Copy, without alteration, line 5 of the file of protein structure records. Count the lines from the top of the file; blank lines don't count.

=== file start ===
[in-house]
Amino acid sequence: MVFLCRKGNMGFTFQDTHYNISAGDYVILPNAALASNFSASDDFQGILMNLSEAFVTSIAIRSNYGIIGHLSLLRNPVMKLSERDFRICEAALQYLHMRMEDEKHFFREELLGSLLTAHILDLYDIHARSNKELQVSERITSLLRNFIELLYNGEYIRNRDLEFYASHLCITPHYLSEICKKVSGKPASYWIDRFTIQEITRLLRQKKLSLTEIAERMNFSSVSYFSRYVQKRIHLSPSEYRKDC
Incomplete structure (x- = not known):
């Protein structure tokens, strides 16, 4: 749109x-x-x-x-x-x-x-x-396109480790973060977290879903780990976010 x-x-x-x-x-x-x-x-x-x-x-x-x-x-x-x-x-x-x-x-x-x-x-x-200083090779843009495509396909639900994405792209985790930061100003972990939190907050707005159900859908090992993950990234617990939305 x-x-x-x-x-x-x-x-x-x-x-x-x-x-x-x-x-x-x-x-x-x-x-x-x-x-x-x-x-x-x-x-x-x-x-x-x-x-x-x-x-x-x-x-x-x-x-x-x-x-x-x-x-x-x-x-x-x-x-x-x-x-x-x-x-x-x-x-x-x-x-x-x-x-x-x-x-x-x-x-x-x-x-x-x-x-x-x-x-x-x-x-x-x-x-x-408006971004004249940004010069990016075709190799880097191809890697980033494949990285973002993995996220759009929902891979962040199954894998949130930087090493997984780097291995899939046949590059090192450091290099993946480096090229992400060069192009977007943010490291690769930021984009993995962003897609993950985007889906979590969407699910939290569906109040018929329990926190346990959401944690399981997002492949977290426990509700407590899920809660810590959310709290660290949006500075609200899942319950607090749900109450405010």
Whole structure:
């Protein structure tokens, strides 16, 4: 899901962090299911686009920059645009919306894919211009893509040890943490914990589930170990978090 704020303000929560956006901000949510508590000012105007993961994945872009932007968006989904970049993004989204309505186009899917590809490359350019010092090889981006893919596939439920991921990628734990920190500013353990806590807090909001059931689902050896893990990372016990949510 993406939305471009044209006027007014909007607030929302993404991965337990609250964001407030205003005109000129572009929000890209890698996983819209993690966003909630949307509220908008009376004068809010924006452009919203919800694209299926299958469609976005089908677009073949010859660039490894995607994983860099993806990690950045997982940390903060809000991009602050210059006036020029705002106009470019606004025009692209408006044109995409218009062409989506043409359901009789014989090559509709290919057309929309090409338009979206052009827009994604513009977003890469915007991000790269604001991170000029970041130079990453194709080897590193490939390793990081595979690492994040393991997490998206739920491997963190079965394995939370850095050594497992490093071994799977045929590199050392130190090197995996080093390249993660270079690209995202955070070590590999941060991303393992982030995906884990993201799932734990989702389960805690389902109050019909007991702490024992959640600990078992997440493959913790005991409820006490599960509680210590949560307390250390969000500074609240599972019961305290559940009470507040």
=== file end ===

Whole structure: